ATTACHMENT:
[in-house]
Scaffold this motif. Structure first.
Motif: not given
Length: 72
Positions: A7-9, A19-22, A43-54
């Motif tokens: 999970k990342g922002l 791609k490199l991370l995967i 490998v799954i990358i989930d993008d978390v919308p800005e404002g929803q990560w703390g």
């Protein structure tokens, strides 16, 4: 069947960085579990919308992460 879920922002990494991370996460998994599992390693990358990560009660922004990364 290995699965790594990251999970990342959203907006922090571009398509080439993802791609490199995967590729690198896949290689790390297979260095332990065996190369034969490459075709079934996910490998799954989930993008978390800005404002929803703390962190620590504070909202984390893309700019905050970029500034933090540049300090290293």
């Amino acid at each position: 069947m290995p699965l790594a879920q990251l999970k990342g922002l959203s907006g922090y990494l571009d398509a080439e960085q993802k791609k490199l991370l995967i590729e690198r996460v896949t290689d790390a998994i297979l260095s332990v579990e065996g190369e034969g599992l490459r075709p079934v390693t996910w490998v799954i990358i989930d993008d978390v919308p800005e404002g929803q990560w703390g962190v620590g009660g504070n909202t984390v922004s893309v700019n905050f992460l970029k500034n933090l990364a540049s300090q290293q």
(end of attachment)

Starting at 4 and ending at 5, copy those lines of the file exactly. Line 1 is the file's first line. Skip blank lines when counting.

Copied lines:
Length: 72
Positions: A7-9, A19-22, A43-54